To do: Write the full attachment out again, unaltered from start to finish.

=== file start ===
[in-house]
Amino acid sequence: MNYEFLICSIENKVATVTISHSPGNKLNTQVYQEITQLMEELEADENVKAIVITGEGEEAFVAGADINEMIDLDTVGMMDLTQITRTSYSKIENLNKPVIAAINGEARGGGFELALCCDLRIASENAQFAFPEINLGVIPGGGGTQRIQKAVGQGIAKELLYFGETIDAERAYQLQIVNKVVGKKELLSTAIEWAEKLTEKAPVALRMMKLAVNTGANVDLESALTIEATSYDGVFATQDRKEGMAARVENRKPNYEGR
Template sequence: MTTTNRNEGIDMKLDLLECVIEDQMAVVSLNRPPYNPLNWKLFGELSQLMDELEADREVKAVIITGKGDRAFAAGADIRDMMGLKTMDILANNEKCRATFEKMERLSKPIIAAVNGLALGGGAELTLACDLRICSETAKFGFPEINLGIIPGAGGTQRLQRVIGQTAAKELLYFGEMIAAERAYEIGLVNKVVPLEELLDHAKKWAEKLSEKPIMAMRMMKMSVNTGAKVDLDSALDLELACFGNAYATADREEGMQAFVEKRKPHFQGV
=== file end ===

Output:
[in-house]
Amino acid sequence: MNYEFLICSIENKVATVTISHSPGNKLNTQVYQEITQLMEELEADENVKAIVITGEGEEAFVAGADINEMIDLDTVGMMDLTQITRTSYSKIENLNKPVIAAINGEARGGGFELALCCDLRIASENAQFAFPEINLGVIPGGGGTQRIQKAVGQGIAKELLYFGETIDAERAYQLQIVNKVVGKKELLSTAIEWAEKLTEKAPVALRMMKLAVNTGANVDLESALTIEATSYDGVFATQDRKEGMAARVENRKPNYEGR
Template sequence: MTTTNRNEGIDMKLDLLECVIEDQMAVVSLNRPPYNPLNWKLFGELSQLMDELEADREVKAVIITGKGDRAFAAGADIRDMMGLKTMDILANNEKCRATFEKMERLSKPIIAAVNGLALGGGAELTLACDLRICSETAKFGFPEINLGIIPGAGGTQRLQRVIGQTAAKELLYFGEMIAAERAYEIGLVNKVVPLEELLDHAKKWAEKLSEKPIMAMRMMKMSVNTGAKVDLDSALDLELACFGNAYATADREEGMQAFVEKRKPHFQGV